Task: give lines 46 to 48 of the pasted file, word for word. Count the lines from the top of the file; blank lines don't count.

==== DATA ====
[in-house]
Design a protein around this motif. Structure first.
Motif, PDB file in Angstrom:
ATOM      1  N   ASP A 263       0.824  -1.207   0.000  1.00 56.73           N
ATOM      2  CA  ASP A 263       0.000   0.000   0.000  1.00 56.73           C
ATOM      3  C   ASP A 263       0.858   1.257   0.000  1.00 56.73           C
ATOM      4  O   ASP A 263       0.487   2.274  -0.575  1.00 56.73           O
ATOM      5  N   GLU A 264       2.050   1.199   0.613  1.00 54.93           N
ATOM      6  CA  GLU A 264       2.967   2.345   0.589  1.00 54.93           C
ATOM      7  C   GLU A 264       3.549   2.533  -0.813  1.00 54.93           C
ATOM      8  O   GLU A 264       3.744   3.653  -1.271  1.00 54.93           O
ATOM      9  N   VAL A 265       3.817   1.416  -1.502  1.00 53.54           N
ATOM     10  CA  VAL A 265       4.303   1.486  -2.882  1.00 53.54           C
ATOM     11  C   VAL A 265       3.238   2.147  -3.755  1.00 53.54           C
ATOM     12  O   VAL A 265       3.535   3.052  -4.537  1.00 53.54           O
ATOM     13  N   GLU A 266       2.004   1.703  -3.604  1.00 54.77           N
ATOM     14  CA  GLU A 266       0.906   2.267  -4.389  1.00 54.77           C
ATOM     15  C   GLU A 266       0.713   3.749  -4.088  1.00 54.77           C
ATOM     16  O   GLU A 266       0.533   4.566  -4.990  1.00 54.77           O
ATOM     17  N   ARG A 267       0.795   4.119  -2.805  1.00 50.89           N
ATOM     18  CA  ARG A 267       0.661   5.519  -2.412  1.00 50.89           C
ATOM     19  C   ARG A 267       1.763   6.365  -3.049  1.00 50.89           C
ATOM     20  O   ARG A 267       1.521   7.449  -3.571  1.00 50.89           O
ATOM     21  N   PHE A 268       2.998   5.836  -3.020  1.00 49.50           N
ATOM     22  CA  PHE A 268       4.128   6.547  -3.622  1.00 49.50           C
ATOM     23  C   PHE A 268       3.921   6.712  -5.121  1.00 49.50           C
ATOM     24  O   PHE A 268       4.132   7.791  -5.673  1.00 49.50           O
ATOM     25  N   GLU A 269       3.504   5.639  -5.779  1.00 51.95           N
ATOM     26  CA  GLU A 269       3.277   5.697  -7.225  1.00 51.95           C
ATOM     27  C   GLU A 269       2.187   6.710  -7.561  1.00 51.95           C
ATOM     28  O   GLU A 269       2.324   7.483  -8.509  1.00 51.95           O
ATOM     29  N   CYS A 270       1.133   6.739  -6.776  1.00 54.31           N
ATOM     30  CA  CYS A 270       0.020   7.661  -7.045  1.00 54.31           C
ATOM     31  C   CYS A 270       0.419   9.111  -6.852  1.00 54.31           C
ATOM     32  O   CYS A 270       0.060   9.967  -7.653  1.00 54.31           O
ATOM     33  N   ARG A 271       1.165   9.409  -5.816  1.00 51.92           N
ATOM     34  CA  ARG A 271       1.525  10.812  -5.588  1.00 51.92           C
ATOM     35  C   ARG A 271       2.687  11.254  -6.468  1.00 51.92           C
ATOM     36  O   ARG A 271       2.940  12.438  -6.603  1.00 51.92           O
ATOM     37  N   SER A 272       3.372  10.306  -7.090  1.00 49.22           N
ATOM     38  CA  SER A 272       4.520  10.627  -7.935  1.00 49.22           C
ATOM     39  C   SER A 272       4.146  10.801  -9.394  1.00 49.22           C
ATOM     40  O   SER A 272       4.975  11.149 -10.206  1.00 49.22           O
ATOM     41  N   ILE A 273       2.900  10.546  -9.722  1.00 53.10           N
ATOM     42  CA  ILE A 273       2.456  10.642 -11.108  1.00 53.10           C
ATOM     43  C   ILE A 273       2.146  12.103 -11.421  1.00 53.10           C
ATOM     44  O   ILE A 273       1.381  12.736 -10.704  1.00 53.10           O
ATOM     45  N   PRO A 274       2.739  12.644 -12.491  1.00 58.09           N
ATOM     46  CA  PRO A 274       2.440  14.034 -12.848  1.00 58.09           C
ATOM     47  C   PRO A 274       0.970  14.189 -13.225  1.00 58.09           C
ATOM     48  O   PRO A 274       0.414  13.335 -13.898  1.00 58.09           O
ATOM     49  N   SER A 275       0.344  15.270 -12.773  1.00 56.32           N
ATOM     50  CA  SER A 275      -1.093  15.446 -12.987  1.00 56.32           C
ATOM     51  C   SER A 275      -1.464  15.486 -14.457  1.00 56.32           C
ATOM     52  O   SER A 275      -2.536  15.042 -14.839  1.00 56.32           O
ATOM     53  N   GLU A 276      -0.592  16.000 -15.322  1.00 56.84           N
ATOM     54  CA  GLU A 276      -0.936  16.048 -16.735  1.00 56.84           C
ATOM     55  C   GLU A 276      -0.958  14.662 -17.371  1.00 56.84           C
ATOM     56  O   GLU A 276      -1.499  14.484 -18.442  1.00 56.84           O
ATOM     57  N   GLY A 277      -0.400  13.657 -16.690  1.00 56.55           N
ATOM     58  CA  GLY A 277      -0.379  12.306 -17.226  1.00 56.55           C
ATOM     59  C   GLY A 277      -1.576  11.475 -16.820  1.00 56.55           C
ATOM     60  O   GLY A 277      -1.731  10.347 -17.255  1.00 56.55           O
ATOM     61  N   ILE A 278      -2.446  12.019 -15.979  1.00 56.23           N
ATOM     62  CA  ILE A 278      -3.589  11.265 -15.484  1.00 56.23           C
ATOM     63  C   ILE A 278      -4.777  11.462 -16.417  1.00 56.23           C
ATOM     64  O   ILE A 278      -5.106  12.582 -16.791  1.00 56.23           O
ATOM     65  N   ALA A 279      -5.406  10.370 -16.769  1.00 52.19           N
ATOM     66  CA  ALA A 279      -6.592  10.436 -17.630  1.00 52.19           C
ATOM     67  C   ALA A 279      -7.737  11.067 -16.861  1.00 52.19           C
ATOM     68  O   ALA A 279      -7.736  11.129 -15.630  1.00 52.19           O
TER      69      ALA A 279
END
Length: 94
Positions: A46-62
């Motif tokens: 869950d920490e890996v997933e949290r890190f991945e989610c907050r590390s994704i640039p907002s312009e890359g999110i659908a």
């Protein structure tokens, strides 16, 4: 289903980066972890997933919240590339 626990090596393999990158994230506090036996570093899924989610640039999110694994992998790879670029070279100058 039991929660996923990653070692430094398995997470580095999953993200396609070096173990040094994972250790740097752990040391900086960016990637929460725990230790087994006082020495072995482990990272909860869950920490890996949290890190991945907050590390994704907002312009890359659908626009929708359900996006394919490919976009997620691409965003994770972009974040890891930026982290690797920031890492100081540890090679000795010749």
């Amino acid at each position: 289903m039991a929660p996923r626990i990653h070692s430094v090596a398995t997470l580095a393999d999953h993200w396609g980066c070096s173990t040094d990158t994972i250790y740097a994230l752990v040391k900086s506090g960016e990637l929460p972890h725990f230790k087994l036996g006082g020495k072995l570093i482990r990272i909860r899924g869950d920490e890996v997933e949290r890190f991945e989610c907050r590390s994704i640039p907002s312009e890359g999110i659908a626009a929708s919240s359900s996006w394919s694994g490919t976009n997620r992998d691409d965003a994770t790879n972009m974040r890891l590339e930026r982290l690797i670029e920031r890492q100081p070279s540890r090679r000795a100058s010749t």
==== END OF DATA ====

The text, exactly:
ATOM     43  C   ILE A 273       2.146  12.103 -11.421  1.00 53.10           C
ATOM     44  O   ILE A 273       1.381  12.736 -10.704  1.00 53.10           O
ATOM     45  N   PRO A 274       2.739  12.644 -12.491  1.00 58.09           N